Should I drop out or should I stay in school?
Most people I talk to will choose unhappiness and boredom over disappointing their family and friends. I was like this a few years ago.
Few people know that I dropped out of college for the first time in the fall semester of 2014.
I skipped my finals, failed all my classes, and left the campus. It was one of the happiest moments of my life. I’d wanted to leave ever since the first week on campus and about a year in, I’d finally done it. I’d finally freed myself from the Frankenstein that is college and I could start pursuing my own educational and professional goals.
So life has been a fairy tale since then, right? Not quite…
I arrived home for the holidays and my parents disapproval began to take shape. Every day brought a new conversation about my decision.
It was like they were moving through the stages of grief.
There was denial, where they commanded that I go back to school the next semester.
There was anger, where they reproached me for “throwing it all away” and wasting their money.
There was bargaining, where they told me all the things they’d give me if I just went back and suffered through college to finish.
And so on.
I don’t know what finally did it for me, but eventually I forgot all about my reasons for leaving, caved, and went back to school for the winter semester. I enrolled in the minimum required courses. “I can make this work!” I told myself. “Just finish. You’ve only got three more years.”
I started off the first week strong then promptly began missing assignments and tests again. It wasn’t that I was lazy, it was that nothing had changed. College still felt like a postponement of my goals and a suck on time and energy.
I would spend the next four months being bored, miserable, stressed, and uncertain about the future. Relationships suffered, I was unproductive, unhealthy, and unhappy. It was the worst four months of my life.
My story is very similar to those I know who are considering dropping out or who have dropped out.
They gather their courage, arm themselves for battle, leave school for the holidays and by the time those few weeks are over, they’ve been convinced by family to back to school and suffer some more.
Two of my closest friends both withdrew from all of their classes and experienced an existential crisis after only two weeks of shame from their family and friends. Both went back to school and graduated, and both tell me now that they should have stuck to their decision.
A simple mindset shift allowed me to avoid this cycle of insecurity for a second time. When I dropped out again at the end of the winter semester, it was for the last time.
If you’ve dropped out and are considering going back to school because of social or parental pressure, consider the following:
1. Life doesn’t magically get better just because people say it will.
I find most of the time, the “just stick with it” advice we tell ourselves is really just an excuse for inaction. It is not a metaphysically given fact that things improve with time. It’s your responsibility to make things improve, but it’s easier to pretend it is than to face the scary reality of figuring out how to actually improve this things.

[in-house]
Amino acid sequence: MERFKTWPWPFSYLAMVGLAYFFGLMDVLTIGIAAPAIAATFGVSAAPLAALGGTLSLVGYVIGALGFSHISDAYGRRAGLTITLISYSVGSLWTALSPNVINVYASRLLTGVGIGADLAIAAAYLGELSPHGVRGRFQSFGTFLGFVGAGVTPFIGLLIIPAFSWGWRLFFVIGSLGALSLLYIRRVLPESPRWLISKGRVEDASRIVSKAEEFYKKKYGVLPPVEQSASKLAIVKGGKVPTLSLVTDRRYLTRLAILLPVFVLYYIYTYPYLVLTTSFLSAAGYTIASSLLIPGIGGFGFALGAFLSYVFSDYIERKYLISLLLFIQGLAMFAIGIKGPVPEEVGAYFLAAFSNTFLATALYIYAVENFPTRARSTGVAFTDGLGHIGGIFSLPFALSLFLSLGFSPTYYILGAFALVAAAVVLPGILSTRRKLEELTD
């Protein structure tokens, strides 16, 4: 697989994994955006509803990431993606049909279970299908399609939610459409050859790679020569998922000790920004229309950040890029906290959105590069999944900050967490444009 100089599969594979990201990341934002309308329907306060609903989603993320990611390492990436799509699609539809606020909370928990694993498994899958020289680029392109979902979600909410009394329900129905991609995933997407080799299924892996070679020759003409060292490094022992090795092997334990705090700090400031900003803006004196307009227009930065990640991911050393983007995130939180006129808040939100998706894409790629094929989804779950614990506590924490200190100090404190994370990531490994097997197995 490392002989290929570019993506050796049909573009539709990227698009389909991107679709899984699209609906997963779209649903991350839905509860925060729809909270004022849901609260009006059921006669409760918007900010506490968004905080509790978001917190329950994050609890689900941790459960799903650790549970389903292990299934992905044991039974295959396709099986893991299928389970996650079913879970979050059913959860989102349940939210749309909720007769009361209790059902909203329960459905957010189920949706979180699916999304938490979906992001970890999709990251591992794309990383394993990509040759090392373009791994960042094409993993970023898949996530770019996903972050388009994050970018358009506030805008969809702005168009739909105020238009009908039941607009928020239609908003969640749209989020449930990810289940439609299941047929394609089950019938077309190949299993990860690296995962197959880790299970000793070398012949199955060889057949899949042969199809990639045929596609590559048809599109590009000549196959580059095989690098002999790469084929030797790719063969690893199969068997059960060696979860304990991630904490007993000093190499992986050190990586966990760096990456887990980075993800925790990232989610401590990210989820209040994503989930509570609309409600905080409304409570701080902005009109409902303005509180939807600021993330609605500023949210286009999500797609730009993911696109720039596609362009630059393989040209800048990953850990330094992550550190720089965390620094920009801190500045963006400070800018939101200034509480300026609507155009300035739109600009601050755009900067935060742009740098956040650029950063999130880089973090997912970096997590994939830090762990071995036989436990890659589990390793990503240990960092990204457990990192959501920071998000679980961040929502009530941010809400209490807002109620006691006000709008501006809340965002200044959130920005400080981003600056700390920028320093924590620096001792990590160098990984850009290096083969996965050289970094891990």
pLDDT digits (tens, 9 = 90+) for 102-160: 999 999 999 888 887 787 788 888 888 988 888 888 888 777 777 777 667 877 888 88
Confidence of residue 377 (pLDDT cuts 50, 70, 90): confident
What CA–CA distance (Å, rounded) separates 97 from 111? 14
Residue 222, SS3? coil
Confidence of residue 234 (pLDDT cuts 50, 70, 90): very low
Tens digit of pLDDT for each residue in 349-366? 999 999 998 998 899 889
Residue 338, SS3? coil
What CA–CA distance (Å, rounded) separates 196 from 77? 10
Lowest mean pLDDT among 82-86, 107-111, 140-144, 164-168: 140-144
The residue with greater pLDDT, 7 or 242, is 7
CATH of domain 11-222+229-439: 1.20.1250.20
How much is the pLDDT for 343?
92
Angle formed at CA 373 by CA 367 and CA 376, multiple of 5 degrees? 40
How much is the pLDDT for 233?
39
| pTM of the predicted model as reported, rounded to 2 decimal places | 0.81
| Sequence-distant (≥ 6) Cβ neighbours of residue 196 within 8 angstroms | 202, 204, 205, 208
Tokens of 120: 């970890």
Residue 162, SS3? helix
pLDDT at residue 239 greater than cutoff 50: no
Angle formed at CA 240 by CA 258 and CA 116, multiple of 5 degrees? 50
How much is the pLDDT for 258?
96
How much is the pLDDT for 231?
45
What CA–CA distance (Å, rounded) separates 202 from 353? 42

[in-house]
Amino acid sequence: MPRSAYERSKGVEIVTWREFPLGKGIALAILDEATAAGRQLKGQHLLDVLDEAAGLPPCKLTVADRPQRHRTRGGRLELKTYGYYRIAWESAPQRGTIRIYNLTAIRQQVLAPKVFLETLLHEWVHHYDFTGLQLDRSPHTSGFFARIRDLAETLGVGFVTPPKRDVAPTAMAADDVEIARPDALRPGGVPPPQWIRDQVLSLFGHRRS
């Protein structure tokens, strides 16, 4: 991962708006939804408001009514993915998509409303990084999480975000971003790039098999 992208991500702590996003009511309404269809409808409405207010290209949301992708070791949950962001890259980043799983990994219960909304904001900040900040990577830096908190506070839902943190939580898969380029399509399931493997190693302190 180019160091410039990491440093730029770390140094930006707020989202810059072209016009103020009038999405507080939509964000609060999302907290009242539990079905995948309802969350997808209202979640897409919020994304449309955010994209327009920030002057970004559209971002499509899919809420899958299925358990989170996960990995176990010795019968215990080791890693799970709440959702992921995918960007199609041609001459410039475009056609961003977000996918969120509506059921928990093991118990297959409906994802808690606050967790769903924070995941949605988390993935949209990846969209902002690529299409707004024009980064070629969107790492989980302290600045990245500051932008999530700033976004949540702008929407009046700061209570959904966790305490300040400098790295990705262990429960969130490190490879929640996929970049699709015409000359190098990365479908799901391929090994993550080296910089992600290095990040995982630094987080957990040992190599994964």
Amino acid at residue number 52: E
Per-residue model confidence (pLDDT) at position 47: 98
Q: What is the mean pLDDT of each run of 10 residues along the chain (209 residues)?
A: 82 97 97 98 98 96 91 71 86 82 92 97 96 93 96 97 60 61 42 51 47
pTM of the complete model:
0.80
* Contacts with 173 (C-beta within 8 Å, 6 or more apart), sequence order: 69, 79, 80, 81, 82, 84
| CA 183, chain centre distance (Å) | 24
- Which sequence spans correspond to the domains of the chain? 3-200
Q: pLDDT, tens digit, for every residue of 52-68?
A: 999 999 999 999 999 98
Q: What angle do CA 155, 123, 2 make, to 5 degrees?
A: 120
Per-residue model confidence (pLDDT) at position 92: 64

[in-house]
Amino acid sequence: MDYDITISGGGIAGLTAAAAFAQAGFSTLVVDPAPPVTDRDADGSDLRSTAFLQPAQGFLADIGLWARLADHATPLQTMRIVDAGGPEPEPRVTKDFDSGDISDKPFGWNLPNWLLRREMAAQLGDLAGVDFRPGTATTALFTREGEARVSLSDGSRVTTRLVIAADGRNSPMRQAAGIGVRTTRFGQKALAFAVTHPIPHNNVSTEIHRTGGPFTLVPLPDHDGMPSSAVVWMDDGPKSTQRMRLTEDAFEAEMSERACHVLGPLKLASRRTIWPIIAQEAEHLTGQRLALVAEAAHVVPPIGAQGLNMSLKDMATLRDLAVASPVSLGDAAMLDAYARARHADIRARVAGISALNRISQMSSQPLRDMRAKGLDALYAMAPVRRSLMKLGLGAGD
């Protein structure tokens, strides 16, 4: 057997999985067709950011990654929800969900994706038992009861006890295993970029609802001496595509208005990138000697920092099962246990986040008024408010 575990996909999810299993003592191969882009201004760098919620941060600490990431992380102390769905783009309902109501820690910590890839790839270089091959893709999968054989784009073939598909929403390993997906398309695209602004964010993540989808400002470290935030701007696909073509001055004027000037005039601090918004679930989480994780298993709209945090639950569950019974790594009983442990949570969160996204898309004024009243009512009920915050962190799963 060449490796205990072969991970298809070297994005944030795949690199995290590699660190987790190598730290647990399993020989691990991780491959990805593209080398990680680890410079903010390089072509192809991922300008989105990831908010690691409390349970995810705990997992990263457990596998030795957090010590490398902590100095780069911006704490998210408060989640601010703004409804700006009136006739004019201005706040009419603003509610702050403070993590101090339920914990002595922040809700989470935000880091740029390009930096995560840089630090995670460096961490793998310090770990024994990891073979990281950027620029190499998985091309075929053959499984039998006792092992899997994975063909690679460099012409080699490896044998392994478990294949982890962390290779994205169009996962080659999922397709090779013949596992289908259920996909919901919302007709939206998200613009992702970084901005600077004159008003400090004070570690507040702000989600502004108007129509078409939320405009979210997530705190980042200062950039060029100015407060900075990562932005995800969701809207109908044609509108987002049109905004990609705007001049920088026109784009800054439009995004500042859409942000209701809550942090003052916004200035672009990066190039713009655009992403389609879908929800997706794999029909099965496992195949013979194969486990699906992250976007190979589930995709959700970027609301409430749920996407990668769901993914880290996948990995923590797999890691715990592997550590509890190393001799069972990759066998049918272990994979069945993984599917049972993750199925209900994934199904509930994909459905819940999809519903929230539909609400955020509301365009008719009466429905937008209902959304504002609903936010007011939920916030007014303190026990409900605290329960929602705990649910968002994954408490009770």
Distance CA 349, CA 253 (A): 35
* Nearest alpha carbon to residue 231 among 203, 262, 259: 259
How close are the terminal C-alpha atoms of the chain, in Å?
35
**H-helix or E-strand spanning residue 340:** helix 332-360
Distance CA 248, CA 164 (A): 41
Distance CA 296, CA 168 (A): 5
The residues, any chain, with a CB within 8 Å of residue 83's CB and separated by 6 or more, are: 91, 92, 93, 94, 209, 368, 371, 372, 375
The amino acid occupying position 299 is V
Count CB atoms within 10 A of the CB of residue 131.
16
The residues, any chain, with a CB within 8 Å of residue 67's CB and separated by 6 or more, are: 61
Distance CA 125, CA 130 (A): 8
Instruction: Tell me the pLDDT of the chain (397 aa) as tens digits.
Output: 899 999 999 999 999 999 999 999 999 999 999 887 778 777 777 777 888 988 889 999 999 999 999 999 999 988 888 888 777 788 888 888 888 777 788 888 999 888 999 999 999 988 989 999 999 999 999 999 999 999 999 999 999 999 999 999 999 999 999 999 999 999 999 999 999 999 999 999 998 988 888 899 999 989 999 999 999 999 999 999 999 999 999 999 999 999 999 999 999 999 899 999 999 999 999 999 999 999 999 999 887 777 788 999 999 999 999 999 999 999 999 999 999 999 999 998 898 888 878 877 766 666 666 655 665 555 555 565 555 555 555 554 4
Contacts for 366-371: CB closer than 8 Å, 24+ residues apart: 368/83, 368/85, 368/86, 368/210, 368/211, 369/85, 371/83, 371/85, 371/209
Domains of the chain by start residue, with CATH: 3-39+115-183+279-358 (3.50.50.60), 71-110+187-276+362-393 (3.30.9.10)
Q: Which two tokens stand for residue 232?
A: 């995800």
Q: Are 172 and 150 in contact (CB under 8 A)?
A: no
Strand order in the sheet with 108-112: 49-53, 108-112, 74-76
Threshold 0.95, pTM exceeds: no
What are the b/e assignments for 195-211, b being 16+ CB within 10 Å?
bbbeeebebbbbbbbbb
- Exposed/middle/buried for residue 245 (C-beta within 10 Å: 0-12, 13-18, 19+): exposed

More often than not, the best way to do this is to cut ties entirely. Just as going back to a bad relationship over and over and expecting it to be any different is a bad decision, so too is going back to college. If you don’t have the power to change the system, exit it.
2. Self confidence is earned through self ownership, not through taking queues from others.
Despite all the praise we give independence in the abstract, we’re terrified of it in practice. We do everything we can to optimize against it. We make decisions based off averages and statistics, choose colleges based off what others think, make huge life choices because everyone else is doing it too, and yet we expect to remain feeling independent and self confident.
You can’t have your cake and eat it too. You have to choose between a strong sense of self or letting others dictate the choices you make.
Learn to make your own decisions for your own reasons — you’ll lose some short term respect but gain long term self-confidence.
3. Parents are often wrong and that’s okay.
This is a controversial opinion, but the authority figures in your life are often wrong. Parents in particular. You can respect them, their love for you, and their success, and still recognize this point.
The reason is actually simple: they’re biased by their desire to see you safe. Parents are extremely risk averse with their kids. They’d rather see them lead a boring, average life than take the steps necessary to truly succeed, even if they might say otherwise in the abstract.
I realized during my second semester that my parents’ advice about college did not come from a place of wisdom about the world, but from their need to protect me. (Surprisingly I have a better relationship with the now than I ever had before.)
4. You’re going to disappoint people eventually anyways.
Whether you finish college or not, there is going to be a time in your life when a decision of yours goes against what others think you should have done. Why put it off any longer?
If you waffle on leaving college and go back because your parents want you to, its going to make it that much harder when an even more important decision comes up in your life that requires you to say no to them.
You need to habituate yourself to saying ‘no’ now.
(As an aside, many of the friends who told me I was stupid for dropping out now ask me for career advice)
And remember, you’re young. You’re just getting started. You can always go back to college later once you’ve had time to explore life outside of it. Only it’ll be your decision, not the decision of others.